“When you connect your plant floor network to the office network, of course, you’re concerned about who should have access to the plant floor,” notes Jeremy Bryant, industrial networking specialist, Siemens Automation and Motion Division, Norcross, Ga. “Fortunately, there are ways to provide the needed security. For instance, you can use industrial firewall devices, which can simply be configured to control who is allowed to come in and out.” This, he says, is the same proven technology used on the business level, simply in an industrial form factor. “You can not only control who can come in and out, but also where they can go on your network. You can get as strict as you want.” Switches can be used to control unwanted broadcast traffic, says Bryant, “but make sure your switch has the proper functionality to handle multicast messaging. It’s not all that complex. You just have to make sure you have the right kind of switch.” “There are ways to handle broadcast traffic with firewalls and routers,” agrees David Bauman, technical director for OMAC, the Open Modular Architecture Control Users Group, but he stresses the need to be diligent about effectively segregating the plant floor from the office. “Many control systems, especially legacy systems, don’t have the level of security that you typically get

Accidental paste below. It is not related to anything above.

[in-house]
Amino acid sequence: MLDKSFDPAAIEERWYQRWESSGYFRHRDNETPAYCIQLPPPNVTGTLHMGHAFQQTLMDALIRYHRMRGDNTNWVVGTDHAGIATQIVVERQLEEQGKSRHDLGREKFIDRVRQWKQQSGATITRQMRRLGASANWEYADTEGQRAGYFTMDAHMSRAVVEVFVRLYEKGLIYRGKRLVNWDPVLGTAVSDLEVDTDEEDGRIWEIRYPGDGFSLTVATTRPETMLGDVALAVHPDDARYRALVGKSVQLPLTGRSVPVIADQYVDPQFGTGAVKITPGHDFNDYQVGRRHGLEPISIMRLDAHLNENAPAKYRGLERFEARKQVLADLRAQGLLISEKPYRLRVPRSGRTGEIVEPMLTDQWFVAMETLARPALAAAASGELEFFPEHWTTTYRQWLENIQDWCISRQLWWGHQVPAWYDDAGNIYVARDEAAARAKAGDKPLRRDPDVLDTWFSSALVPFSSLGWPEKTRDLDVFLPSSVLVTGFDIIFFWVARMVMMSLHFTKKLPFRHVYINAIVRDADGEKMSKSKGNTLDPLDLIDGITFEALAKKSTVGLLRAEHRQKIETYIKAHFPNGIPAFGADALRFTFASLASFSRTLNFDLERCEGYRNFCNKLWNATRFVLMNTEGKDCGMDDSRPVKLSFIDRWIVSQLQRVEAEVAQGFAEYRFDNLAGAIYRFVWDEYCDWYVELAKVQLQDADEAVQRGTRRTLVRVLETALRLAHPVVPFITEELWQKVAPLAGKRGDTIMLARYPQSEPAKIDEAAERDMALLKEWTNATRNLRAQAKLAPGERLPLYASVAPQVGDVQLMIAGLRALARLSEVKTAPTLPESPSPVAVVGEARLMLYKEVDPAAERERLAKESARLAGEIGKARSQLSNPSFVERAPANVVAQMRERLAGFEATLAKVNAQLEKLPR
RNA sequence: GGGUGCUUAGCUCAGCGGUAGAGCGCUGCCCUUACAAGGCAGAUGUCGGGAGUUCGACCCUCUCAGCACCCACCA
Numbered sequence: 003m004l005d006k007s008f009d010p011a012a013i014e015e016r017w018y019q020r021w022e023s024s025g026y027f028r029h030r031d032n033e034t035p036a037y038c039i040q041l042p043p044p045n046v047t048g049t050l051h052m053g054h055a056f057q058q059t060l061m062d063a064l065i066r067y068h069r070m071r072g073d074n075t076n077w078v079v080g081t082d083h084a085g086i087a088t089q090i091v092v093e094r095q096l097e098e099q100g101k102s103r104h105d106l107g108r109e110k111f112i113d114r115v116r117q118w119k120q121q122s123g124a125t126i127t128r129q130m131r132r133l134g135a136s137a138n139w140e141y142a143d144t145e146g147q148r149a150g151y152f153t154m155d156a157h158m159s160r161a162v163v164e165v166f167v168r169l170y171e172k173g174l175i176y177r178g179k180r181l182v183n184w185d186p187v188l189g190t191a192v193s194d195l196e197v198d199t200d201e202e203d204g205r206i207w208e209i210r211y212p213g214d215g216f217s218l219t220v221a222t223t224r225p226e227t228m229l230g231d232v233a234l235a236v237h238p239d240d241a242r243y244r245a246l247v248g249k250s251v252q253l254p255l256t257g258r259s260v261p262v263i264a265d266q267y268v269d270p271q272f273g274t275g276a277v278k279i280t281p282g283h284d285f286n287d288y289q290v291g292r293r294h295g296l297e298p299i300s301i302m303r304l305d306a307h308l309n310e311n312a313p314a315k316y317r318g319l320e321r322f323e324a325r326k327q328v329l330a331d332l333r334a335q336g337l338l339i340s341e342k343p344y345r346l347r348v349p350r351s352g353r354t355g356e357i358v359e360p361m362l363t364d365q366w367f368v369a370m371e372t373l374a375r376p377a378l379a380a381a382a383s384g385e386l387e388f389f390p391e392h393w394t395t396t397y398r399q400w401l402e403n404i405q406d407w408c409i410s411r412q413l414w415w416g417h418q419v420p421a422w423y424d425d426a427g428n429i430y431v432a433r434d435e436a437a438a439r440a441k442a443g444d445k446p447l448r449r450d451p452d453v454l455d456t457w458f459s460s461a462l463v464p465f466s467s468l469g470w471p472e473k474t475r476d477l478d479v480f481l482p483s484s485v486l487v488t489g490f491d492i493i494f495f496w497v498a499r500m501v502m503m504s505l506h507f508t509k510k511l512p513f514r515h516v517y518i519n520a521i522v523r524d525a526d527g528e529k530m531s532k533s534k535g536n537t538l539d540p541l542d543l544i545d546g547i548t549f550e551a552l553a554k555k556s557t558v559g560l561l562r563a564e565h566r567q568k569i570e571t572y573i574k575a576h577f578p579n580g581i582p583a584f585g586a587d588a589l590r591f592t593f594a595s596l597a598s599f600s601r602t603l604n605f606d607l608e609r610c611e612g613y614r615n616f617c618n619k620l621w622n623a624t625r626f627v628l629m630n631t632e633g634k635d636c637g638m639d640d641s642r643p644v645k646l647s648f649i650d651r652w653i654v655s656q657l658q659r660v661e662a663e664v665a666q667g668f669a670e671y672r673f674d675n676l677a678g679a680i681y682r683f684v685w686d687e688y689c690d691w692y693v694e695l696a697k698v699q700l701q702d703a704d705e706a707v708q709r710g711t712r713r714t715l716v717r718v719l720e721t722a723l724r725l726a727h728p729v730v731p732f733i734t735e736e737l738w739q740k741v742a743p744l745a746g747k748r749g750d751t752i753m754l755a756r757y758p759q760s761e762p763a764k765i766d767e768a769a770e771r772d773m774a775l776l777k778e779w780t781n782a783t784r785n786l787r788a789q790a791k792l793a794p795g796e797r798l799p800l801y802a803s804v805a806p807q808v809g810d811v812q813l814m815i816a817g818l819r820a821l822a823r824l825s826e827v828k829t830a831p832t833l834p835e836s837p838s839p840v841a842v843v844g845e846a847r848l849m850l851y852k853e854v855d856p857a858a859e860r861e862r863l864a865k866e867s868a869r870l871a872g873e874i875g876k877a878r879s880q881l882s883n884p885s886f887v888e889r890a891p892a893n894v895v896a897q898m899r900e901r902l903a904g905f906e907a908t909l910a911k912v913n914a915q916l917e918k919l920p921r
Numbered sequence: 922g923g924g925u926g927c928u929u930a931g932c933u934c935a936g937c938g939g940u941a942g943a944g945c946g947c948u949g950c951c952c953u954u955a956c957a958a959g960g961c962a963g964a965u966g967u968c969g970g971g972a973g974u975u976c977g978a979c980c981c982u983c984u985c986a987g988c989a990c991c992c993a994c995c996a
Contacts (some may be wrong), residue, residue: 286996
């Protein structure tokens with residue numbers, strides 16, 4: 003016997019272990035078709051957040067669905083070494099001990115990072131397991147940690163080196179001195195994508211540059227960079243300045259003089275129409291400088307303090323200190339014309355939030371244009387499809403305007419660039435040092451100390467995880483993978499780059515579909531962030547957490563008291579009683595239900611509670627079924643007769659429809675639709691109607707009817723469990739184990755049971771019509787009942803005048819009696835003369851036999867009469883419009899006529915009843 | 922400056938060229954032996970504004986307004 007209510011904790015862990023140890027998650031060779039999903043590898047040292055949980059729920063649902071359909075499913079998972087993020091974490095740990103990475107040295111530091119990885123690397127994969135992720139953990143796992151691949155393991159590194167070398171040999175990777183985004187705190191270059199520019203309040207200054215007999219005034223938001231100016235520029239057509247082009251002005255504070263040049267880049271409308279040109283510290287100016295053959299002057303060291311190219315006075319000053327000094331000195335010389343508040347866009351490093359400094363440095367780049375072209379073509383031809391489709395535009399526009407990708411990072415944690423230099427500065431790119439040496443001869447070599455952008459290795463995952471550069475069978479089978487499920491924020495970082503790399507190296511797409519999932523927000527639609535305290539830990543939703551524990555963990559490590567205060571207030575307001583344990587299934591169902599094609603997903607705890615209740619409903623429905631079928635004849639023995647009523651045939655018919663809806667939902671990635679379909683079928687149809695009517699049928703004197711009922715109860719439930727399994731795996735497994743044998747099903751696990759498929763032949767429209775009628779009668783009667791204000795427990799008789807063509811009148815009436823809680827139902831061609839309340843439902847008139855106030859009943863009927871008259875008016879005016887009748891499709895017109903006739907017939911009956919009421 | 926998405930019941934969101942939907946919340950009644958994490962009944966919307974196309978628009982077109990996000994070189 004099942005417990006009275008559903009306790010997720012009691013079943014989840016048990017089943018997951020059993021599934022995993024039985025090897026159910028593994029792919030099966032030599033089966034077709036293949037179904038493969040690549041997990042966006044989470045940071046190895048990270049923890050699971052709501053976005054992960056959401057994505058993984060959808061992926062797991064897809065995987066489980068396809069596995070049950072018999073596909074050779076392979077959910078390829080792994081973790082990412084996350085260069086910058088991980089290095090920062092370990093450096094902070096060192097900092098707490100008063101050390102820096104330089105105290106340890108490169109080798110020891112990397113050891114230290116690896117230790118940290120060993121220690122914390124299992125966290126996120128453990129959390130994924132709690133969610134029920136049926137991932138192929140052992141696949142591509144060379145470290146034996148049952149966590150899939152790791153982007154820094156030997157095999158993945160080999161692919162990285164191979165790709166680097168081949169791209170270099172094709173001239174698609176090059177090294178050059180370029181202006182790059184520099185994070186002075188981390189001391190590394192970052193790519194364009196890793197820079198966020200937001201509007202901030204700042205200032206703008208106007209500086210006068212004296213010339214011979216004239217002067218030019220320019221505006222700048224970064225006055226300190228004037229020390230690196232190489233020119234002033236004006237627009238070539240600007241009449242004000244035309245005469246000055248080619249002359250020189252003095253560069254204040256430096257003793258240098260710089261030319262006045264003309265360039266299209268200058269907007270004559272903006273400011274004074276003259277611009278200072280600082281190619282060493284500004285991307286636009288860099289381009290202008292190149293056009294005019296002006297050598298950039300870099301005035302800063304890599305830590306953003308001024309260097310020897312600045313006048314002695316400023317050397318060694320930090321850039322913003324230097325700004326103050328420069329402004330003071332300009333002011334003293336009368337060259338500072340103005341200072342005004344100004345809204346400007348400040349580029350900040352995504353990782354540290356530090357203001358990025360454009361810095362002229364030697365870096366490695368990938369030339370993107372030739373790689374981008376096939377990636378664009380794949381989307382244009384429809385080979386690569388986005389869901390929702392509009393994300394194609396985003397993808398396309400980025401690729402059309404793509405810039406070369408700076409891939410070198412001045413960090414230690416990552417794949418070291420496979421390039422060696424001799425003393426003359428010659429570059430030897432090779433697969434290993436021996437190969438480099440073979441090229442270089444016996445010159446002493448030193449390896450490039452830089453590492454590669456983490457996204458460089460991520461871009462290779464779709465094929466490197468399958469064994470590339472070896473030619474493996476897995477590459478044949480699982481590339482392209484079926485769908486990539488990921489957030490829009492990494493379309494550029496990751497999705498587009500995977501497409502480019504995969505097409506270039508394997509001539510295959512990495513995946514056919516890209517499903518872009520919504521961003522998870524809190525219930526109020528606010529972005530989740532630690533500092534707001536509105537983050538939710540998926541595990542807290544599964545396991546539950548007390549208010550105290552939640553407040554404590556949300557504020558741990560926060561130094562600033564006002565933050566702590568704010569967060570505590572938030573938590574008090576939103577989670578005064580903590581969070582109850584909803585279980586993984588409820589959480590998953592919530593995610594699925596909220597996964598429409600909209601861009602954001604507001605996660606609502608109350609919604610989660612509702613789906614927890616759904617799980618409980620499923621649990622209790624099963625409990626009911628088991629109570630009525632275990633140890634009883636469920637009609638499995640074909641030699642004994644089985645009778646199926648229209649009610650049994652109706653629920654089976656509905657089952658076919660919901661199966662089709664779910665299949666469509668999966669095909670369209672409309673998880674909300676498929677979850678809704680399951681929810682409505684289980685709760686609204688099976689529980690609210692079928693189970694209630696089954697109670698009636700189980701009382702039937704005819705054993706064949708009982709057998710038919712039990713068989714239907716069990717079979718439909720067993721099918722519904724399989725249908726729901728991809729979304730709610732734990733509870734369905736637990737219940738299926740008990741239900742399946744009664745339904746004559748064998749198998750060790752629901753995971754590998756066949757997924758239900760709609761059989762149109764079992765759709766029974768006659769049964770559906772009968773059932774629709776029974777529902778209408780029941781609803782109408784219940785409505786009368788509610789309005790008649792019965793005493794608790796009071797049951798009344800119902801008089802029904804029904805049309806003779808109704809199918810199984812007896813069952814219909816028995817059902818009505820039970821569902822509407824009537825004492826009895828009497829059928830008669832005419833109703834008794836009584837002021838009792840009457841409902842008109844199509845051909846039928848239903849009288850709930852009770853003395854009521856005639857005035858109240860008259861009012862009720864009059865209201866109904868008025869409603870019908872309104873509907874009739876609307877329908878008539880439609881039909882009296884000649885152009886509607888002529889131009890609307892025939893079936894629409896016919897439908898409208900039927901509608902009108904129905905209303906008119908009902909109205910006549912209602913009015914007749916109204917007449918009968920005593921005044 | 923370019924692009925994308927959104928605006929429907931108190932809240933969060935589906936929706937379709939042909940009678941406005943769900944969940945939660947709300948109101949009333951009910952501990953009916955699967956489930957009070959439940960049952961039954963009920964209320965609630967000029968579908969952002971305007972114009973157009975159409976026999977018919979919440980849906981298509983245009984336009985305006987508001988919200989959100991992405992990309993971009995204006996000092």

Switches, Spreadsheets and Network Security
Greater networking of packaging lines and other factory floor systems brings with it greater concerns about security. Experts say there are ways to handle those concerns, and that there are concerns you may never have thought of.
Sep 8, 2007